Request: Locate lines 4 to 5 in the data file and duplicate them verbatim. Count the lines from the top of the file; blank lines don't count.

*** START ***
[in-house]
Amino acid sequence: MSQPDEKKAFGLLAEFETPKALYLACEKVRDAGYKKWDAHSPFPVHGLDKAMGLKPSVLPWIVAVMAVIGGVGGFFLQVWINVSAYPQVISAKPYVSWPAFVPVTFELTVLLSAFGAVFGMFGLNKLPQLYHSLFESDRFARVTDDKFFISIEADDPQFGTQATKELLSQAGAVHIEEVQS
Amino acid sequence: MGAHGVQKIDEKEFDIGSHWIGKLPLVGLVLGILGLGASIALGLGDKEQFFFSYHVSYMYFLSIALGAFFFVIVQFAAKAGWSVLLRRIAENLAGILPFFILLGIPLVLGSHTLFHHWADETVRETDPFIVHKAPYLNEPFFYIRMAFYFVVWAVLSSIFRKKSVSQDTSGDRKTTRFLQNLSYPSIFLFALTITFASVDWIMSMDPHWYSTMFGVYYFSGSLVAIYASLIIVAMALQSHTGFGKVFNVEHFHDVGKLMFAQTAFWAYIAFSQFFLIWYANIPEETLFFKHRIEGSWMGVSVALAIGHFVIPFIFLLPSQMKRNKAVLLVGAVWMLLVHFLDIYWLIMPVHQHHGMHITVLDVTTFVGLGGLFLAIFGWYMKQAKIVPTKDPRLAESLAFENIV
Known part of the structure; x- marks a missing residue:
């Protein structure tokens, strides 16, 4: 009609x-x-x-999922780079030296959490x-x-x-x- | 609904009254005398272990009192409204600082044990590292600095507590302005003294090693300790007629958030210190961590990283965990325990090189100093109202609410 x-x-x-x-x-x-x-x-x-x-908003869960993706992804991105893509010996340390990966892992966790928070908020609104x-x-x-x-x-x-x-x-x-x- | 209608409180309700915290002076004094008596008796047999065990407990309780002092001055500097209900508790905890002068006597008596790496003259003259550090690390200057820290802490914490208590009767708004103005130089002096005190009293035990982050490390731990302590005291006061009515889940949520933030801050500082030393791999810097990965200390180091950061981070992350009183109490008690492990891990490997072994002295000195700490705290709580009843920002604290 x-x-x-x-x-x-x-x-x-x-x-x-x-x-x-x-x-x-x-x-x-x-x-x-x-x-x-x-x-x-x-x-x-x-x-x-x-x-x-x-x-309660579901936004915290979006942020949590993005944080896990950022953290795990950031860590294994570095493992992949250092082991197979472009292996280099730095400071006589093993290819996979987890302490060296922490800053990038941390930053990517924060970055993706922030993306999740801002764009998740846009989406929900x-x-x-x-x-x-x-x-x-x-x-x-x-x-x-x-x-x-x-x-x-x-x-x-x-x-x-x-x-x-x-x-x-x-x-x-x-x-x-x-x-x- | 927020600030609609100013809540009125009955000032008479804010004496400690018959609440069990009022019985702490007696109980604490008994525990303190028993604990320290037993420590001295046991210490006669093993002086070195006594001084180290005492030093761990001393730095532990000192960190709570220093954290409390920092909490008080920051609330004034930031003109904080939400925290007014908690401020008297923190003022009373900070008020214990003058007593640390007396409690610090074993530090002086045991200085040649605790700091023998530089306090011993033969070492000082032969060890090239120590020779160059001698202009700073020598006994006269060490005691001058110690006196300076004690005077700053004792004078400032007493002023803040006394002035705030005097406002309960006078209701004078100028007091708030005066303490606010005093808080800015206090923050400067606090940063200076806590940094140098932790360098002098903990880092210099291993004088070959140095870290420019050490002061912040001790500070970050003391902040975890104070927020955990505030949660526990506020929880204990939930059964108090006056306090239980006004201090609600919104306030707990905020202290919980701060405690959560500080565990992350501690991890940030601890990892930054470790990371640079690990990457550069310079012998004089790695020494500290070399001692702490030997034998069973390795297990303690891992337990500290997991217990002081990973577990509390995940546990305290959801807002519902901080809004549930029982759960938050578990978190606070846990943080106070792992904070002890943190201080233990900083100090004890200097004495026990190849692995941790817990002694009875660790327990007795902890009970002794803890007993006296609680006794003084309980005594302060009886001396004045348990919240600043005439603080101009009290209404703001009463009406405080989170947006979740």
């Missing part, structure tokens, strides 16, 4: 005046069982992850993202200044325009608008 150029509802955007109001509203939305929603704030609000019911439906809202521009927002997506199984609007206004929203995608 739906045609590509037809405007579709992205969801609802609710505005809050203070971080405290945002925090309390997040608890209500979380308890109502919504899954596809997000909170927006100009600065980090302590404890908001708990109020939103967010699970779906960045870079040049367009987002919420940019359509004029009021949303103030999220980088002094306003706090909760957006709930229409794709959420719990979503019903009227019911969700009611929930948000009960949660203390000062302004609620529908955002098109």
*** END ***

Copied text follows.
Known part of the structure; x- marks a missing residue:
């Protein structure tokens, strides 16, 4: 009609x-x-x-999922780079030296959490x-x-x-x- | 609904009254005398272990009192409204600082044990590292600095507590302005003294090693300790007629958030210190961590990283965990325990090189100093109202609410 x-x-x-x-x-x-x-x-x-x-908003869960993706992804991105893509010996340390990966892992966790928070908020609104x-x-x-x-x-x-x-x-x-x- | 209608409180309700915290002076004094008596008796047999065990407990309780002092001055500097209900508790905890002068006597008596790496003259003259550090690390200057820290802490914490208590009767708004103005130089002096005190009293035990982050490390731990302590005291006061009515889940949520933030801050500082030393791999810097990965200390180091950061981070992350009183109490008690492990891990490997072994002295000195700490705290709580009843920002604290 x-x-x-x-x-x-x-x-x-x-x-x-x-x-x-x-x-x-x-x-x-x-x-x-x-x-x-x-x-x-x-x-x-x-x-x-x-x-x-x-x-309660579901936004915290979006942020949590993005944080896990950022953290795990950031860590294994570095493992992949250092082991197979472009292996280099730095400071006589093993290819996979987890302490060296922490800053990038941390930053990517924060970055993706922030993306999740801002764009998740846009989406929900x-x-x-x-x-x-x-x-x-x-x-x-x-x-x-x-x-x-x-x-x-x-x-x-x-x-x-x-x-x-x-x-x-x-x-x-x-x-x-x-x-x- | 927020600030609609100013809540009125009955000032008479804010004496400690018959609440069990009022019985702490007696109980604490008994525990303190028993604990320290037993420590001295046991210490006669093993002086070195006594001084180290005492030093761990001393730095532990000192960190709570220093954290409390920092909490008080920051609330004034930031003109904080939400925290007014908690401020008297923190003022009373900070008020214990003058007593640390007396409690610090074993530090002086045991200085040649605790700091023998530089306090011993033969070492000082032969060890090239120590020779160059001698202009700073020598006994006269060490005691001058110690006196300076004690005077700053004792004078400032007493002023803040006394002035705030005097406002309960006078209701004078100028007091708030005066303490606010005093808080800015206090923050400067606090940063200076806590940094140098932790360098002098903990880092210099291993004088070959140095870290420019050490002061912040001790500070970050003391902040975890104070927020955990505030949660526990506020929880204990939930059964108090006056306090239980006004201090609600919104306030707990905020202290919980701060405690959560500080565990992350501690991890940030601890990892930054470790990371640079690990990457550069310079012998004089790695020494500290070399001692702490030997034998069973390795297990303690891992337990500290997991217990002081990973577990509390995940546990305290959801807002519902901080809004549930029982759960938050578990978190606070846990943080106070792992904070002890943190201080233990900083100090004890200097004495026990190849692995941790817990002694009875660790327990007795902890009970002794803890007993006296609680006794003084309980005594302060009886001396004045348990919240600043005439603080101009009290209404703001009463009406405080989170947006979740």